Mid-Year Report 2015: Where We’ve Been
In our first video of the series, Michael discusses where we’ve been so far in 2015, covering financial market performance, Fed policy shifts, the Greek debt crisis, and other topics.
Michael Conway: Hello everyone. My name is Michael Conway, CEO of the Conway Wealth Group at Summit Financial Resources. For our 2015 mid-year report, we’ve created a series of three short videos to take a look at the recent past, the present, and the future of the economy. We hope you will find them informative and insightful. Let’s begin our video series with where we’ve been, and take a look at the first half of the year.
In the financial markets, the S&P 500, representing domestic equities, was up 1.2% for the first six months of the year. The MSCI All Country World Index, excluding US, representing international equities, was up 4.6%. The Barclays US Aggregate Bond Index, representing domestic bonds, was down .1%. The Barclays Global Aggregate Ex. US Bond Index, representing international bonds, was down 5.4%. Commodities were down 1.6%. It’s little wonder that stock markets have not moved much this year, and that many commodities, oil included, have tumbled of late.
Labor markets have improved, and US consumer confidence is back to pre-crisis levels, with retail sales recovering after a weather-related decline early this year. However, the strength of the US dollar, and the uncertainty surrounding Federal Reserve policy normalization remains headwinds for equities. Also, in anticipation of the Feds potential rate increase in September, bond yields increased, prices declined, and domestic bonds held up better than their international counterparts.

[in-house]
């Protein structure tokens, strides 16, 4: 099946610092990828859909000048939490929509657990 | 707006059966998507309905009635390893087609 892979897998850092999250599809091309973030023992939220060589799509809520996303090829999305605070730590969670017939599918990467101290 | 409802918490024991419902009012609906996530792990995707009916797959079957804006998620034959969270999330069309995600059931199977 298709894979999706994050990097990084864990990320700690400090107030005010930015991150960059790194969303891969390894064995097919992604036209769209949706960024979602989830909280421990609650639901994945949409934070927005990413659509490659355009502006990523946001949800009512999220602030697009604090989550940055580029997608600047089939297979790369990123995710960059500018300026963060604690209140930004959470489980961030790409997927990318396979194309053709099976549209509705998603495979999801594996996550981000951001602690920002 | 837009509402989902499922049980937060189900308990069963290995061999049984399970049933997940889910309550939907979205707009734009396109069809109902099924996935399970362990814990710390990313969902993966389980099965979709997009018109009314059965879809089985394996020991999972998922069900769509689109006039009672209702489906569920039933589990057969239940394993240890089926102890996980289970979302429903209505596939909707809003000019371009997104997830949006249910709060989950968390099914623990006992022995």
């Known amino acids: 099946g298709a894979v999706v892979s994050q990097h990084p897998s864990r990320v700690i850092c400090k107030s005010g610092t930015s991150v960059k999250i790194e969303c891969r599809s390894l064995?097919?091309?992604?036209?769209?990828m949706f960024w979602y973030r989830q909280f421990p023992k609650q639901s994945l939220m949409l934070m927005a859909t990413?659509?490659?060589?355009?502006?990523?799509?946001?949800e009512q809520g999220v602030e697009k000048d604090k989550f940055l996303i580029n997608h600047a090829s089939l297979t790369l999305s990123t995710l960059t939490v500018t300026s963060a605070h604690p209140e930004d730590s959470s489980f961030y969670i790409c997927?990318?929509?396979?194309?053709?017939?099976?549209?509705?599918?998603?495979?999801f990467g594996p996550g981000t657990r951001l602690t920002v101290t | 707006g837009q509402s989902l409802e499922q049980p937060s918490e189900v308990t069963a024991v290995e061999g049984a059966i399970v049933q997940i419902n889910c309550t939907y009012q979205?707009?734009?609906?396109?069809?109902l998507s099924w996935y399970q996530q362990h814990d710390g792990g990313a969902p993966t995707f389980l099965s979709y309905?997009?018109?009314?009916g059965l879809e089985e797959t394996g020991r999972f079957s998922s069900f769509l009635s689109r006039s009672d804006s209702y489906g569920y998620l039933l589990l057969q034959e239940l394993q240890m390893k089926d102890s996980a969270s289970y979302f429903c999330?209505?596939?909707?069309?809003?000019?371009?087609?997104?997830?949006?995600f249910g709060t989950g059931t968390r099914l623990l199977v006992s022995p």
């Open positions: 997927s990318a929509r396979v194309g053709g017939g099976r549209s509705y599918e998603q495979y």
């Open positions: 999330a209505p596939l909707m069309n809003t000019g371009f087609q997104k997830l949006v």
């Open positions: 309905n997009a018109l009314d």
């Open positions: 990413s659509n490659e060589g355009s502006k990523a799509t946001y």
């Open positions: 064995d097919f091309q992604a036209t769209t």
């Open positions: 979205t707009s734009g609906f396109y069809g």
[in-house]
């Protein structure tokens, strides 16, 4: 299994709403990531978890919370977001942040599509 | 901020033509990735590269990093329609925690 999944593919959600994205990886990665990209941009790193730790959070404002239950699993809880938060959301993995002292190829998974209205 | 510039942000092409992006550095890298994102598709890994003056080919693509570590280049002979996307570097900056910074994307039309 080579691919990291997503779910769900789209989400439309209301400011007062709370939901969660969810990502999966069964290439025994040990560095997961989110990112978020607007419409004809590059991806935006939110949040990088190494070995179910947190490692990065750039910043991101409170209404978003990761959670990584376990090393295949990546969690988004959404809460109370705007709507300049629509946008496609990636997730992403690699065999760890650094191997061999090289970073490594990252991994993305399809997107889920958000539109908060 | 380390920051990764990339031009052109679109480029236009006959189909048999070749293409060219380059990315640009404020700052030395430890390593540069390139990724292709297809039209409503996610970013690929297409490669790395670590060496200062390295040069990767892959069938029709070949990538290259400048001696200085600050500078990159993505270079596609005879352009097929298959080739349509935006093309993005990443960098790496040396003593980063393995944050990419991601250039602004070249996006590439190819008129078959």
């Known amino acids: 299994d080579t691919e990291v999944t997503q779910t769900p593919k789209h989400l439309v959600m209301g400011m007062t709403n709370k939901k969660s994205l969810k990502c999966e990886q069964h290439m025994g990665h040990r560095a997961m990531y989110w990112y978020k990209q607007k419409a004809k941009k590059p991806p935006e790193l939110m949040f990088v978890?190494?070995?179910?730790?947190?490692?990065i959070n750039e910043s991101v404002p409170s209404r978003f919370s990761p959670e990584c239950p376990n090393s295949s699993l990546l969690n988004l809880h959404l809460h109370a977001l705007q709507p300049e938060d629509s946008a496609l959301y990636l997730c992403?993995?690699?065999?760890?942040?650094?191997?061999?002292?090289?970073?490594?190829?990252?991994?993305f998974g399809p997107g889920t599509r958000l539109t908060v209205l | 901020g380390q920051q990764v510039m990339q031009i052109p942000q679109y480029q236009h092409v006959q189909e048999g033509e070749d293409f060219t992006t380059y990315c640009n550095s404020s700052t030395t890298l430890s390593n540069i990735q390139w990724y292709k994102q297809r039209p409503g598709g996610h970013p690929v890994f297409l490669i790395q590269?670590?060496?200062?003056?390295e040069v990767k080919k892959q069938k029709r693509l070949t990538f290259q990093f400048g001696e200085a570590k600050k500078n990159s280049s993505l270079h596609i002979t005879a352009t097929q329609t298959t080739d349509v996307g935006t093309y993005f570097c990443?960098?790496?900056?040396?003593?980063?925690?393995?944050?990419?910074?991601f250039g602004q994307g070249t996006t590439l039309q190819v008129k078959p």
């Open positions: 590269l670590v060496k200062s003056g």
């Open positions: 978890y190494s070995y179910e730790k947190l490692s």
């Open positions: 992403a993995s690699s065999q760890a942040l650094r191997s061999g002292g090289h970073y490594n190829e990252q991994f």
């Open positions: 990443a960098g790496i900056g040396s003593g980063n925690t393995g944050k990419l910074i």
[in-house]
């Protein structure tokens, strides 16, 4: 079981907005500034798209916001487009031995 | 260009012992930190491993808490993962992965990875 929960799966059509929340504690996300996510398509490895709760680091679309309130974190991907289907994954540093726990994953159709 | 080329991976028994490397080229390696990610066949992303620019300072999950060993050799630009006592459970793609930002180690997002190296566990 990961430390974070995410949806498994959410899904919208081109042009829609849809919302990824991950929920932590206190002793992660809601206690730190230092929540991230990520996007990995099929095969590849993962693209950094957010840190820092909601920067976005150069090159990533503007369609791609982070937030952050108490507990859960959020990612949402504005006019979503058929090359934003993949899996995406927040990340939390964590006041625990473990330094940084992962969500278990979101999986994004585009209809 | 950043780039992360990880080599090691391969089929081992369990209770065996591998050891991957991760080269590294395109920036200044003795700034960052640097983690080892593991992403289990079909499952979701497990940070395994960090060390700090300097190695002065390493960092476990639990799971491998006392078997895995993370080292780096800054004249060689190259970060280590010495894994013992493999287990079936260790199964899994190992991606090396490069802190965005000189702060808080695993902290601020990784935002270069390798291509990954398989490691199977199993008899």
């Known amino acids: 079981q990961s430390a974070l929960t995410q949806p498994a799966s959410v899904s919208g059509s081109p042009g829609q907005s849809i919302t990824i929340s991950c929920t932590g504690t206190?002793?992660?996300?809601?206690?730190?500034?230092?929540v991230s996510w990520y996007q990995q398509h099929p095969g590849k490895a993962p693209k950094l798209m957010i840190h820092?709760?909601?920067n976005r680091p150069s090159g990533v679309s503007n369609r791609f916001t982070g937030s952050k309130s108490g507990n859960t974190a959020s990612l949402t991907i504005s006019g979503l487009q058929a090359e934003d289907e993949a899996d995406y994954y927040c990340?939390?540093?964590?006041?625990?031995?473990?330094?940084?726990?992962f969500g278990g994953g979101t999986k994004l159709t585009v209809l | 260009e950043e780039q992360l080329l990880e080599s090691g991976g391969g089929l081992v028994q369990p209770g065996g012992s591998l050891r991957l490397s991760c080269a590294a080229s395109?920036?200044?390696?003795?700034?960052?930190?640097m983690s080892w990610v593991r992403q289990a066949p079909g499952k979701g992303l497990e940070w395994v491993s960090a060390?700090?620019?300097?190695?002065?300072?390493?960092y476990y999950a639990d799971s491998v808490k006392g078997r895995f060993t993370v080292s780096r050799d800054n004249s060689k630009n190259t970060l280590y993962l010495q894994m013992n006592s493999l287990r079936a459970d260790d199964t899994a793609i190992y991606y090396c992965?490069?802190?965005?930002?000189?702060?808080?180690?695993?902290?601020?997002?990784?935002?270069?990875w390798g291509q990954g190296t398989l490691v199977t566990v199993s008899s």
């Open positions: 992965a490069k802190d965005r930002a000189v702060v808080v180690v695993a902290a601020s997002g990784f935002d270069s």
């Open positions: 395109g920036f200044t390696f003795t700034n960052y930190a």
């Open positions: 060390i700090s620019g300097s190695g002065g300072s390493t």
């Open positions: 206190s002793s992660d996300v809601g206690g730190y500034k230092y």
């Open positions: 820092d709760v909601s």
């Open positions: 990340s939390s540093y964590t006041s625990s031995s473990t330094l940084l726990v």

Considering widely held expectations for faster growth this year, results in the first quarter were disappointing. US economic output declined at a seasonally adjusted annualized rate of .2%. Later, it was revised up to positive .6%. First quarter weakness has been a reoccurring US theme in recent years, and 2015 was no different. West coast port disruptions, and harsh winter weather likely account for much of the weakness.
China, Germany, France, Russia, the US, and the UK recently announced an historic accord with Iran, promptly turning market attention to Iran’s oil supply. With the fourth largest proven reserves, Iran has potential to significantly increase the world’s supply of oil. However, Iranian oil will be slow to come to the market, minimizing its impact on global oil markets in the near term. Even if all of the sanctions on oil sales are removed, the oil supply is expected to increase by about 500,000 barrels per day, which is just half a percent of global oil production. Meanwhile, the dynamics of further economic relationships in the region remain uncertain.
For years, market participants have accepted the fact that Greece has excessive debt. We’ve known that the last five years of bailouts, debt restructurings, emergency loans, and austerity measures were unlikely to get Greece back on its feet. Rather, a more appropriate goal was to balance the nation’s budget, excluding its debt payments, and to make structural adjustments so that the debt was largely out of the hands of private investors. Having accomplished both, the next leg of the saga begins. Will Greece leave the Eurozone? How large are the debt losses? What is the end game? No one knows. Is there the potential for policy error and unintended consequences? Absolutely.